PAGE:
Friends The One with the Hypnosis Tape

Thankfully, we have the silly, weightless runner of Chandler’s increasingly odd behavior to inject some (undeniably awkward) laughs into the proceedings; one’s mileage may vary on just how funny “Chandler doing stereotypical gay things” (like commenting on outfits or getting excited about a boy) is, but for my money, it’s worth it for everyone’s confused reaction to his odd new mannerisms, even if it’s just another example of Friends making superficial gay jokes just to fill space. Perry, as always, commits completely to the bit, and that alone makes his scenes watchable; at the very least, it breaks up the episode’s structure a bit, isolating the episode’s pair of incredibly bizarre stories of teachers and millionaires trying to be seductive, a comedic salve the episode so desperately needed.

“The One with the Hypnosis Tape” is one of the oddest entries in Friends‘ third season, a trio of wacky premises tied together with the thinnest of threads – but one so incredibly performed in its strangest moments, it almost hides the patchwork nature of the episode. The end result? It’s a bit of a wash; though “Hypnosis Tape” isn’t the most exciting episode in isolation, how it represents a shift in the beginning of the season’s third act is intriguing – and of course, Frank Jr. and Alice’s engagement sets the table for one of Friends best plots to come in the following year.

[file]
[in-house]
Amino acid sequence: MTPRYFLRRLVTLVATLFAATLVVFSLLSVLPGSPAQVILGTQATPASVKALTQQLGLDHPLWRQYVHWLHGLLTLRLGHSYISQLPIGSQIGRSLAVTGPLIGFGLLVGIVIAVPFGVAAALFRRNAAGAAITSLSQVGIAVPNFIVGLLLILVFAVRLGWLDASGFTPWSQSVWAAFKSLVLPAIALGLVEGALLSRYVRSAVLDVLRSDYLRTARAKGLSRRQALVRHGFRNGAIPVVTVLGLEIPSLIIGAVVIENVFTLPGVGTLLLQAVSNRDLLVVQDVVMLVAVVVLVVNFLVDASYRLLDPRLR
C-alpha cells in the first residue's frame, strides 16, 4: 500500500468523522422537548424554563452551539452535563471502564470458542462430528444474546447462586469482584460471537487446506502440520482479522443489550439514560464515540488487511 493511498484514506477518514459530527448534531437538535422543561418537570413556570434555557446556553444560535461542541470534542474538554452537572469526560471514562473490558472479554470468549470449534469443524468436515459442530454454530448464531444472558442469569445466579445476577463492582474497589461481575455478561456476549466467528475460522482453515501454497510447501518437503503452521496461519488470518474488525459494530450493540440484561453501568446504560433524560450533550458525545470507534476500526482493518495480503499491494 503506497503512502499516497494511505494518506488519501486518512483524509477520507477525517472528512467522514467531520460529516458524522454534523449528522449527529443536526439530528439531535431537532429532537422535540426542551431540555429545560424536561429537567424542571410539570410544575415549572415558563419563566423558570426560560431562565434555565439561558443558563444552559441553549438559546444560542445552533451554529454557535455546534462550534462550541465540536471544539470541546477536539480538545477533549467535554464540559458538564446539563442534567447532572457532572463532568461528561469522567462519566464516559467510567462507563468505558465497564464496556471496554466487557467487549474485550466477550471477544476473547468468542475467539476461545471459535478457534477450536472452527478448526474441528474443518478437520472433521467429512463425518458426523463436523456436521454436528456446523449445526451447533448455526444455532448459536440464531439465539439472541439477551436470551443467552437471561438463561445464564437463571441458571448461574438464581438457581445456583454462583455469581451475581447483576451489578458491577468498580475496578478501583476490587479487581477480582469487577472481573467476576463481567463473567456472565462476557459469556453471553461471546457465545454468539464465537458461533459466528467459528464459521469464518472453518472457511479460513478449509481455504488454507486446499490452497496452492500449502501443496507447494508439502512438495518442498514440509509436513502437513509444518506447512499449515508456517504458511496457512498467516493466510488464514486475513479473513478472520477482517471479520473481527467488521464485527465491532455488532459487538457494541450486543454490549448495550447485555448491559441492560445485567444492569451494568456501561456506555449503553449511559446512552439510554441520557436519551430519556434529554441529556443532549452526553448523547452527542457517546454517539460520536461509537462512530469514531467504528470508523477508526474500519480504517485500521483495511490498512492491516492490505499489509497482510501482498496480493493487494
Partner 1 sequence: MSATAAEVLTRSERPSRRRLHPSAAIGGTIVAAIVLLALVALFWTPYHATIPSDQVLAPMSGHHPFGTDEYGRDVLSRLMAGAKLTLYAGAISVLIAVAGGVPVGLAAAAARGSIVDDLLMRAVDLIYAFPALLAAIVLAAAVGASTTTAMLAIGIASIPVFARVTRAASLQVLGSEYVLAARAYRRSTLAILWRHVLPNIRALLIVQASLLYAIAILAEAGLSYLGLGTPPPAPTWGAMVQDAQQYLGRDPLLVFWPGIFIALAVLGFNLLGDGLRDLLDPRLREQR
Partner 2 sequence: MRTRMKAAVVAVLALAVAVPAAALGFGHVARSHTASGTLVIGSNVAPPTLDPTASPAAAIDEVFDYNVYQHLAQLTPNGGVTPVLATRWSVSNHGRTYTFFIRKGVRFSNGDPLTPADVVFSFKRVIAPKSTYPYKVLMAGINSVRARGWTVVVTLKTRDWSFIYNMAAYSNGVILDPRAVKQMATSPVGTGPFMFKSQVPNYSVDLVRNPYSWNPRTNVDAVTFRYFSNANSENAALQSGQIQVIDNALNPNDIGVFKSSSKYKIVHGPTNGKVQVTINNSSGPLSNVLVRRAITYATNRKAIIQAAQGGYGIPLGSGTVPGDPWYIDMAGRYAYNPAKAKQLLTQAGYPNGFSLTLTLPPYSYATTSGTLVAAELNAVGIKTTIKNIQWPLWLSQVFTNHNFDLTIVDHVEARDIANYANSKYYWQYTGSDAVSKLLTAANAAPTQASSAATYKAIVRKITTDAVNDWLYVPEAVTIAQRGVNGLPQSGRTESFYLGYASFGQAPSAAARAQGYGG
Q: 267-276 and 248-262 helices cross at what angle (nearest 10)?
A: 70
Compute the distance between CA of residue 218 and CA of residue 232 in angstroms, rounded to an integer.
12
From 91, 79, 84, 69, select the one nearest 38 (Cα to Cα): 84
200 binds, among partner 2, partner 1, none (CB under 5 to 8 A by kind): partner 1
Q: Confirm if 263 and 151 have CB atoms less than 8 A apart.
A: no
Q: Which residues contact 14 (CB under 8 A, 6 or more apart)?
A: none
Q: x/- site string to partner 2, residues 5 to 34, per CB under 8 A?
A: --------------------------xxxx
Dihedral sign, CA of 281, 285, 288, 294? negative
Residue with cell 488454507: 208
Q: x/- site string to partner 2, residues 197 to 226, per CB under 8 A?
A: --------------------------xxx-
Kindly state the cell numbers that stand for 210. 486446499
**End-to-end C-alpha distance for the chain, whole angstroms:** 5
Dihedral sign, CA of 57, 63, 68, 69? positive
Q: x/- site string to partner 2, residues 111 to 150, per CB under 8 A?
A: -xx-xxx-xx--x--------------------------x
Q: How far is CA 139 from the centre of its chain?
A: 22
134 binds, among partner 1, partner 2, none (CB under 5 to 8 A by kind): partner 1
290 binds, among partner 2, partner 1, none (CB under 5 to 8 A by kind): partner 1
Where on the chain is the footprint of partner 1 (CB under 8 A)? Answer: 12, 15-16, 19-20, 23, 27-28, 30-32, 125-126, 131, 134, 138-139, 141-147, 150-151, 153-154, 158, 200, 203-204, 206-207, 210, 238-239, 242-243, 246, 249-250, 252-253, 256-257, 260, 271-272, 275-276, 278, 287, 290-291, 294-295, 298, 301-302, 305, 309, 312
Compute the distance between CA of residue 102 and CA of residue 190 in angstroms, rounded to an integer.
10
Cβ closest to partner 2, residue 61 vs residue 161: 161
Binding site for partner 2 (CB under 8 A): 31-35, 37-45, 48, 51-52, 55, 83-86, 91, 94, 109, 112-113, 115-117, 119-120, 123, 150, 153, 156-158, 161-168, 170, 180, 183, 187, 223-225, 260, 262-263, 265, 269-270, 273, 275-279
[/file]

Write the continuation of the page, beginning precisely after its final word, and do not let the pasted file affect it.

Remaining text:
Grade: C

Other thoughts/observations:

  • Rachel tests how single Monica’s become by asking her to recap the plot of last week’s Walker, Texas Ranger.
  • Apparently while dating Rachel, Ross was hypnotized and smacked his own bare ass cheeks in front of an audience. Despite this, he’s still a hypnosis denier.
  • Chandler jokes: “I would’ve bet good money [Frank Jr.] would be the first one of us to get married.”
  • Gunther enjoys a drag of Chandler’s cigarette, exclaiming “Oh, dark mother, once again I suckle at your smoky teat.” One of my favorite lines of the entire series.
  • Everyone’s horrified reaction to Alice and Frank Jr. having children is justified. Even in 1997, this was an insane thought!
  • There’s a very, very short scene with Phoebe and Alice and a stained tablecloth that feels like it should’ve been 30-40 seconds longer, to at least establish some kind of unique rapport between the two.
  • Frank Jr., trying to understand the breakup: “She said I was too young… but I’m older than I was when we got together!”
  • Joey and Ross apparently agree to be in Frank’s wedding, which unfortuantely is never discussed (nor do we see Frank and Alice’s wedding, unfortunately).
  • Extended thoughts: the extended version is about a minute longer, and it’s worth it for two bits alone: Chandler throwing Joey his keys (in a ‘feminine’ way, of course) and Ross explaining the most boring way to spend a million dollars.

Up next: Mark returns, and Joey gets a romantic subplot (?!) in “The One with the Tiny T-Shirt”.